One can understand the military's frustration with the regulatory framework for the protection or habitat and species. Those landowners-not just the military-who have preserved habitat and sup-ported rare species are encumbered with the cost and activity restrictions of protecting those that remain. It may be unfair, but I don't have a better solution. It seems, at times, that enormous re-sources are being spent to save a small number of animals or plants with no apparent benefit, but the named species are supposed to serve as indicators of entire ecosystems. Both the enforcers and critics of these laws often forget that. If preserving ecosystems is to remain an important national goal, then having the military support that goal-as a normal cost of doing business-is an effective way of pursuing it.

As I suggested above, encroachment and habi-tat preservation are at times related. Where urban sprawl approaches the boundaries of military ranges, development destroys habitat. Military fa-cilities which previously supported only portions of ecosystems bear increasing responsibility for protecting the disappearing remainder. In those cases, policies that discourage encroachment simul-taneously are likely to give the military more flexibility in managing the habitat that it owns.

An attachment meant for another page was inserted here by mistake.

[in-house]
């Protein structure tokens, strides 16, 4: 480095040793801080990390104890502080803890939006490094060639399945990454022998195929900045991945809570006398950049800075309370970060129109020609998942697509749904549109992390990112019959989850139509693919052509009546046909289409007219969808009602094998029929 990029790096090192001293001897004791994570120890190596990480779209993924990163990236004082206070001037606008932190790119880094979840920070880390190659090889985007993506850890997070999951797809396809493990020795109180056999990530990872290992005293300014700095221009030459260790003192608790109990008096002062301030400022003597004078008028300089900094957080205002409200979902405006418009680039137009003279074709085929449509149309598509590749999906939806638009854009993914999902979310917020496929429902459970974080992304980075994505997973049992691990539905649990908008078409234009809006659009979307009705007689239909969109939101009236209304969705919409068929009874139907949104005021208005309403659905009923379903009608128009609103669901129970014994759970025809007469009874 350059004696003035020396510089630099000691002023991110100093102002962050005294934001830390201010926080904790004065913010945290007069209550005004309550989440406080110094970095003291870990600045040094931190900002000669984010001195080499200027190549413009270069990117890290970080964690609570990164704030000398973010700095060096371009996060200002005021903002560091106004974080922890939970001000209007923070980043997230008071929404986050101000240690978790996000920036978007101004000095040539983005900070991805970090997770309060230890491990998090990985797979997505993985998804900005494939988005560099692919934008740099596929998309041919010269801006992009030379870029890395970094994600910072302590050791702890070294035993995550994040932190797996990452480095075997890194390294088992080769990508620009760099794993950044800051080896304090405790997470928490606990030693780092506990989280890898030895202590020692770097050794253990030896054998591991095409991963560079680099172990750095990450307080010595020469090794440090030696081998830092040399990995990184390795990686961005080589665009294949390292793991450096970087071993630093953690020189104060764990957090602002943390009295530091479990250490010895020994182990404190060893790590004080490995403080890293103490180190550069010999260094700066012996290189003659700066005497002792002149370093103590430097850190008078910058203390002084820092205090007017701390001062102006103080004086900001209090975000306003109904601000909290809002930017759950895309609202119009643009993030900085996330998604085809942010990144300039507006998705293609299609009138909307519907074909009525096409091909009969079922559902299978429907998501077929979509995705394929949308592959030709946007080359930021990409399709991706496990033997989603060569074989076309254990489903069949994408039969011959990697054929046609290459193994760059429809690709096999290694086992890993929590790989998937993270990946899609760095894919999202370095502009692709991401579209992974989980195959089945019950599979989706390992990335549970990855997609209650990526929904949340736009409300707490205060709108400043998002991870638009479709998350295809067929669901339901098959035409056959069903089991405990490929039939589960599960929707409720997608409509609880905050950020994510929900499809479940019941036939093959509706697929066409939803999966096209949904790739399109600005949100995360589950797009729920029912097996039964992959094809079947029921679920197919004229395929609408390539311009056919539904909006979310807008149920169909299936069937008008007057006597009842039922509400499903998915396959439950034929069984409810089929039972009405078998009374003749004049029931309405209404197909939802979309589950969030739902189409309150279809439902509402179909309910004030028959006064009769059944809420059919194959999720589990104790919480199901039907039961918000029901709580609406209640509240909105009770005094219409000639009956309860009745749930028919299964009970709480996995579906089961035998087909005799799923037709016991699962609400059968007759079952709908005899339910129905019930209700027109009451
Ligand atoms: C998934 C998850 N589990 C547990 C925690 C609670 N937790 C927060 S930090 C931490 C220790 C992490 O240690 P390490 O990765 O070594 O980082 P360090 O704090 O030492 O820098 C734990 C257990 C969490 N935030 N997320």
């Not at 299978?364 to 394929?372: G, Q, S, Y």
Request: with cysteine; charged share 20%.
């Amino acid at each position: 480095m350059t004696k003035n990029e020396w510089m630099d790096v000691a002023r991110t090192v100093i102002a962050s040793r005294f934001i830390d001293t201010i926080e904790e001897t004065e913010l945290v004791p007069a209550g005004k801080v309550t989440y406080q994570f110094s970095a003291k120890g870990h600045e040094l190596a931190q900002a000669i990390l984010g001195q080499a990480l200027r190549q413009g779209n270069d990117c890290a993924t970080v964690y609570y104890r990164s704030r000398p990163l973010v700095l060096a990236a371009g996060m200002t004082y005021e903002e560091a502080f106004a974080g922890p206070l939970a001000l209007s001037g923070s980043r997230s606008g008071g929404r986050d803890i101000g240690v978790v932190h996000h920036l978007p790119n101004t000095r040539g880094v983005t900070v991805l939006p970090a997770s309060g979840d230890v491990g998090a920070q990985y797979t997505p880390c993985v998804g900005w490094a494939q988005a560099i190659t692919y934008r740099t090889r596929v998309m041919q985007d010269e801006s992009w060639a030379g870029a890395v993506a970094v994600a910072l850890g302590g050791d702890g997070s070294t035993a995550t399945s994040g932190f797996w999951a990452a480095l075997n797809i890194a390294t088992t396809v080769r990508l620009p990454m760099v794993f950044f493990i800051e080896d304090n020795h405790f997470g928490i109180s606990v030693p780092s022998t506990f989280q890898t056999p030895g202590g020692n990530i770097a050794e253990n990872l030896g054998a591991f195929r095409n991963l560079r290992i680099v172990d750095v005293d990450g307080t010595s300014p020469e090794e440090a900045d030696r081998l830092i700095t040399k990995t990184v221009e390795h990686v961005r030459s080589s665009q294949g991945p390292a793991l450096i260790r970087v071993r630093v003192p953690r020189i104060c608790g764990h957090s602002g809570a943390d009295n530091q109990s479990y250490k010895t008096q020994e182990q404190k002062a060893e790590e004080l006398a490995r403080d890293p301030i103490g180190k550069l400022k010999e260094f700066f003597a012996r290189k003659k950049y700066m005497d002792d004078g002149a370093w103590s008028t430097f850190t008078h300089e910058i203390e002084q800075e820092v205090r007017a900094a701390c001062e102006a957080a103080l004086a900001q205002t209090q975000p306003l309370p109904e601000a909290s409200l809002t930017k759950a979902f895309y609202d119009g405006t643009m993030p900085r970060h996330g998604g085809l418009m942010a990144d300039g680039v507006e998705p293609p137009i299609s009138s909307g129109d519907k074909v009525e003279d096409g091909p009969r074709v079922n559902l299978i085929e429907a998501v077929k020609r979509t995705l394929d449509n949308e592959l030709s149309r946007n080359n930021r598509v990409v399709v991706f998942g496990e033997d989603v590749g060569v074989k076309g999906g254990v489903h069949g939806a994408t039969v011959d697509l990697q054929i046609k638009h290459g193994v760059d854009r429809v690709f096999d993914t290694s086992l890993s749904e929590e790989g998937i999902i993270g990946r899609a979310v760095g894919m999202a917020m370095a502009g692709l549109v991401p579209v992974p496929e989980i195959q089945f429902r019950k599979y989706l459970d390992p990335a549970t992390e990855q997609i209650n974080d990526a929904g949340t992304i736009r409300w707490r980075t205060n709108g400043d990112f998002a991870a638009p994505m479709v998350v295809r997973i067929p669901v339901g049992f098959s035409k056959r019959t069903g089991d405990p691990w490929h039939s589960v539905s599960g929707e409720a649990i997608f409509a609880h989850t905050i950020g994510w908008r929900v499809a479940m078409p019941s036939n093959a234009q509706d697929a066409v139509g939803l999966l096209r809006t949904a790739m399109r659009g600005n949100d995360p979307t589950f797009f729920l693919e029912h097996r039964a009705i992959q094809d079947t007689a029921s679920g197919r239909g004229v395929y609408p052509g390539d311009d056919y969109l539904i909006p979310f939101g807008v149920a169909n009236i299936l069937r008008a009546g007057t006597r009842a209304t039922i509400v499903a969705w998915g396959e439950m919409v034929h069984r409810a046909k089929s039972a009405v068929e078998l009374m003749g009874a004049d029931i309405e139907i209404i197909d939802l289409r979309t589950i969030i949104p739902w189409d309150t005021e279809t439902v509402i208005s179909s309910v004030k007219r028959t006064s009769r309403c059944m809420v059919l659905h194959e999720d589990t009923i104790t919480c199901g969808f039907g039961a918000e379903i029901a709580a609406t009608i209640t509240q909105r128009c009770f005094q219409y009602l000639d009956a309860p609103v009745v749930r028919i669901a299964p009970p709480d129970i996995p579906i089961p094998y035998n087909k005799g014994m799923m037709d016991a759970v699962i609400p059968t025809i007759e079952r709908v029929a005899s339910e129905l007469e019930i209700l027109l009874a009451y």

Sustainable Range Management

Reviewing the March 20 testimony, it's clear that the military hasn't just invented the problem. It does face increasing constraints on its training ac-tivity. The Navy and Marines are under particular pressure, because they own less training land and they have unique requirements-shoreline and beaches-that are both less available and more likely to be in demand from either developers or natural resource trustees.